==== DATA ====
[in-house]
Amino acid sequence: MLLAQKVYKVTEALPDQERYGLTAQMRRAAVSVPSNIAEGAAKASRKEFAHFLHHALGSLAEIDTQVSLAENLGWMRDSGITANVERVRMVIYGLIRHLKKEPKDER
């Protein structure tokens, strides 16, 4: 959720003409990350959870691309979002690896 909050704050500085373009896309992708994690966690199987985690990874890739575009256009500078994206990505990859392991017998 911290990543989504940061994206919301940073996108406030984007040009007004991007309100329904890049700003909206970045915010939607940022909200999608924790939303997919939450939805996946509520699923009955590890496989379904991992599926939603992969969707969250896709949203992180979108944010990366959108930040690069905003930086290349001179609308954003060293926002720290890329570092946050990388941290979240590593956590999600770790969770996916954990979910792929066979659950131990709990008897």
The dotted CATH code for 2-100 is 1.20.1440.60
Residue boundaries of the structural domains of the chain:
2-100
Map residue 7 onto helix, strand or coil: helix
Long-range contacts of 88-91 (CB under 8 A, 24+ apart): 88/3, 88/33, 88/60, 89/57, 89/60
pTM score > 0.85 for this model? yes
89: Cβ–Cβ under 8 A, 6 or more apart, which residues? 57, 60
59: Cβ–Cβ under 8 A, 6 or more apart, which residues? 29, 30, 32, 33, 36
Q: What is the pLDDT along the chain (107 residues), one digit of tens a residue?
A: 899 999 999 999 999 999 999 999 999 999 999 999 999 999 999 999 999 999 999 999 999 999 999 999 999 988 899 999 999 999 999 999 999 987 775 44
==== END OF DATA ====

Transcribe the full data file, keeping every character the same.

[in-house]
Amino acid sequence: MLLAQKVYKVTEALPDQERYGLTAQMRRAAVSVPSNIAEGAAKASRKEFAHFLHHALGSLAEIDTQVSLAENLGWMRDSGITANVERVRMVIYGLIRHLKKEPKDER
């Protein structure tokens, strides 16, 4: 959720003409990350959870691309979002690896 909050704050500085373009896309992708994690966690199987985690990874890739575009256009500078994206990505990859392991017998 911290990543989504940061994206919301940073996108406030984007040009007004991007309100329904890049700003909206970045915010939607940022909200999608924790939303997919939450939805996946509520699923009955590890496989379904991992599926939603992969969707969250896709949203992180979108944010990366959108930040690069905003930086290349001179609308954003060293926002720290890329570092946050990388941290979240590593956590999600770790969770996916954990979910792929066979659950131990709990008897």
The dotted CATH code for 2-100 is 1.20.1440.60
Residue boundaries of the structural domains of the chain:
2-100
Map residue 7 onto helix, strand or coil: helix
Long-range contacts of 88-91 (CB under 8 A, 24+ apart): 88/3, 88/33, 88/60, 89/57, 89/60
pTM score > 0.85 for this model? yes
89: Cβ–Cβ under 8 A, 6 or more apart, which residues? 57, 60
59: Cβ–Cβ under 8 A, 6 or more apart, which residues? 29, 30, 32, 33, 36
Q: What is the pLDDT along the chain (107 residues), one digit of tens a residue?
A: 899 999 999 999 999 999 999 999 999 999 999 999 999 999 999 999 999 999 999 999 999 999 999 999 999 988 899 999 999 999 999 999 999 987 775 44